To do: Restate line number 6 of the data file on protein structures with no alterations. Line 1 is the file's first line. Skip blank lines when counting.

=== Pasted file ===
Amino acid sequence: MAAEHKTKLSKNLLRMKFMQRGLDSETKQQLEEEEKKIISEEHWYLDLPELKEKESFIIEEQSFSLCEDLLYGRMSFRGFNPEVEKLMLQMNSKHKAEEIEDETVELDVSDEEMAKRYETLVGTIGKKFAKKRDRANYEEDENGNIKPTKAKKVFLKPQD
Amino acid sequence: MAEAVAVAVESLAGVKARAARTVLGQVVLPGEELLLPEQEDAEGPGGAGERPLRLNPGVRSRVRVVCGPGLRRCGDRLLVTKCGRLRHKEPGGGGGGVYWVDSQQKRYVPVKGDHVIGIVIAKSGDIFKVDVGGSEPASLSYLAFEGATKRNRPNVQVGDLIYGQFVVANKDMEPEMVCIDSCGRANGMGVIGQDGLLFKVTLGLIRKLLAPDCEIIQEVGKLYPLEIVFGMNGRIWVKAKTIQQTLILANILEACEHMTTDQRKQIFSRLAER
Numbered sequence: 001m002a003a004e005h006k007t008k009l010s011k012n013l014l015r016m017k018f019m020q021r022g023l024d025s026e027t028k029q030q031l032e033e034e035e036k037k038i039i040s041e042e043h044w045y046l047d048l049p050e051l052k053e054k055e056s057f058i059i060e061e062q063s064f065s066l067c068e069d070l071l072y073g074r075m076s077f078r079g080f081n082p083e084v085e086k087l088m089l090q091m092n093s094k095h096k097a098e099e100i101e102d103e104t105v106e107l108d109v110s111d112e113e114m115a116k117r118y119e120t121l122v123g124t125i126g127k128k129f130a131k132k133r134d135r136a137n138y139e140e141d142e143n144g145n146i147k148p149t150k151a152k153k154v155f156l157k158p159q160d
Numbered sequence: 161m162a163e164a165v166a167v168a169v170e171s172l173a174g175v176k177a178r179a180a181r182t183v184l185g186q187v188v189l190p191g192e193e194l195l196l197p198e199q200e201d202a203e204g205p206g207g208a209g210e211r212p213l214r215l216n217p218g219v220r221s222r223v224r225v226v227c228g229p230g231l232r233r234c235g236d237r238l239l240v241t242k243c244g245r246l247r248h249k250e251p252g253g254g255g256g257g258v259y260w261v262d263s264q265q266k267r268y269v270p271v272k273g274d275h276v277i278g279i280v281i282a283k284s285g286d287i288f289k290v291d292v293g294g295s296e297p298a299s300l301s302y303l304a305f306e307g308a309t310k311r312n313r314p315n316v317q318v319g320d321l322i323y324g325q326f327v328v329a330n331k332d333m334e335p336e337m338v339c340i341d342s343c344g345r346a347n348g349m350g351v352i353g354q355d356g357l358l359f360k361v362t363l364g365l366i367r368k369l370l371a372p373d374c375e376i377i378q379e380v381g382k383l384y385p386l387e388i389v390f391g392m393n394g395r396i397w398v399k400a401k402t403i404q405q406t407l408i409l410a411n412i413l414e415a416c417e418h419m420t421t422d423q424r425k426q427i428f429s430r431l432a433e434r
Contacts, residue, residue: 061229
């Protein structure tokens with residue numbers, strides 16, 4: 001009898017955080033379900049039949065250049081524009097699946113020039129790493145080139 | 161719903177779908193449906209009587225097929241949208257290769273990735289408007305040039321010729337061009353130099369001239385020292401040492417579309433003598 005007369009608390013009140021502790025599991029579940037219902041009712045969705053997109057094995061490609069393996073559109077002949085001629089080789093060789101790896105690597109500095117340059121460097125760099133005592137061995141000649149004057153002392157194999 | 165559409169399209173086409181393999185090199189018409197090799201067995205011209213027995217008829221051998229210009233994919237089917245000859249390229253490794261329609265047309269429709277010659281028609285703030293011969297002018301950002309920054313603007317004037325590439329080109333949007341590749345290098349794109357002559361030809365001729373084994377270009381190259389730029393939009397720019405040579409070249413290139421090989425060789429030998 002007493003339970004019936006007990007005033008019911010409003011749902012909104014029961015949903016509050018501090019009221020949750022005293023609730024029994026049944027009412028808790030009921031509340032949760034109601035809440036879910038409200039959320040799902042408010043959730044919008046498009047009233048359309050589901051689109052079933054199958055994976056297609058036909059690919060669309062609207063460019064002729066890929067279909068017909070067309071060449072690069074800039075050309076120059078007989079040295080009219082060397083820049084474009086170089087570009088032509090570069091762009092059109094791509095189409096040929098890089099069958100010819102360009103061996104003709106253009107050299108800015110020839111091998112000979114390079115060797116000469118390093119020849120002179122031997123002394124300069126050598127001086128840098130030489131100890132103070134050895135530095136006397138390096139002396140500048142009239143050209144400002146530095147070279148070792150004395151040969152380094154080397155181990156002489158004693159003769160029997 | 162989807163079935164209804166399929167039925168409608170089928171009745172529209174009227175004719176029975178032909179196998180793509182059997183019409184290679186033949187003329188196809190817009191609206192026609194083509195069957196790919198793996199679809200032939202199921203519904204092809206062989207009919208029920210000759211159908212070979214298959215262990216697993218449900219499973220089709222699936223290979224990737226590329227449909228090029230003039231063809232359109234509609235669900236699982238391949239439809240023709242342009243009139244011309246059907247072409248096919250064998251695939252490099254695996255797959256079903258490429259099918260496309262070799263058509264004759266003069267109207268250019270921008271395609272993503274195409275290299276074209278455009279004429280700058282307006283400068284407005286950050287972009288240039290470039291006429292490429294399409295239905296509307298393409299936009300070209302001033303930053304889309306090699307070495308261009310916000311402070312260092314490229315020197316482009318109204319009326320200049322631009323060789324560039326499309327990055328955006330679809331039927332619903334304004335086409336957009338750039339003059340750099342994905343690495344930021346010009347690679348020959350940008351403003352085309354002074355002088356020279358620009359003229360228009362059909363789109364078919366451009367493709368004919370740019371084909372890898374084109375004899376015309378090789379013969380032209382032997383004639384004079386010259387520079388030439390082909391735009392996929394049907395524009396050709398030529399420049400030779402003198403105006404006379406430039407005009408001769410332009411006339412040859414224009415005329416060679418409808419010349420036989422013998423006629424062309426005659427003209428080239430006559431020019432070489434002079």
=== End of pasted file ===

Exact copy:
């Protein structure tokens with residue numbers, strides 16, 4: 001009898017955080033379900049039949065250049081524009097699946113020039129790493145080139 | 161719903177779908193449906209009587225097929241949208257290769273990735289408007305040039321010729337061009353130099369001239385020292401040492417579309433003598 005007369009608390013009140021502790025599991029579940037219902041009712045969705053997109057094995061490609069393996073559109077002949085001629089080789093060789101790896105690597109500095117340059121460097125760099133005592137061995141000649149004057153002392157194999 | 165559409169399209173086409181393999185090199189018409197090799201067995205011209213027995217008829221051998229210009233994919237089917245000859249390229253490794261329609265047309269429709277010659281028609285703030293011969297002018301950002309920054313603007317004037325590439329080109333949007341590749345290098349794109357002559361030809365001729373084994377270009381190259389730029393939009397720019405040579409070249413290139421090989425060789429030998 002007493003339970004019936006007990007005033008019911010409003011749902012909104014029961015949903016509050018501090019009221020949750022005293023609730024029994026049944027009412028808790030009921031509340032949760034109601035809440036879910038409200039959320040799902042408010043959730044919008046498009047009233048359309050589901051689109052079933054199958055994976056297609058036909059690919060669309062609207063460019064002729066890929067279909068017909070067309071060449072690069074800039075050309076120059078007989079040295080009219082060397083820049084474009086170089087570009088032509090570069091762009092059109094791509095189409096040929098890089099069958100010819102360009103061996104003709106253009107050299108800015110020839111091998112000979114390079115060797116000469118390093119020849120002179122031997123002394124300069126050598127001086128840098130030489131100890132103070134050895135530095136006397138390096139002396140500048142009239143050209144400002146530095147070279148070792150004395151040969152380094154080397155181990156002489158004693159003769160029997 | 162989807163079935164209804166399929167039925168409608170089928171009745172529209174009227175004719176029975178032909179196998180793509182059997183019409184290679186033949187003329188196809190817009191609206192026609194083509195069957196790919198793996199679809200032939202199921203519904204092809206062989207009919208029920210000759211159908212070979214298959215262990216697993218449900219499973220089709222699936223290979224990737226590329227449909228090029230003039231063809232359109234509609235669900236699982238391949239439809240023709242342009243009139244011309246059907247072409248096919250064998251695939252490099254695996255797959256079903258490429259099918260496309262070799263058509264004759266003069267109207268250019270921008271395609272993503274195409275290299276074209278455009279004429280700058282307006283400068284407005286950050287972009288240039290470039291006429292490429294399409295239905296509307298393409299936009300070209302001033303930053304889309306090699307070495308261009310916000311402070312260092314490229315020197316482009318109204319009326320200049322631009323060789324560039326499309327990055328955006330679809331039927332619903334304004335086409336957009338750039339003059340750099342994905343690495344930021346010009347690679348020959350940008351403003352085309354002074355002088356020279358620009359003229360228009362059909363789109364078919366451009367493709368004919370740019371084909372890898374084109375004899376015309378090789379013969380032209382032997383004639384004079386010259387520079388030439390082909391735009392996929394049907395524009396050709398030529399420049400030779402003198403105006404006379406430039407005009408001769410332009411006339412040859414224009415005329416060679418409808419010349420036989422013998423006629424062309426005659427003209428080239430006559431020019432070489434002079």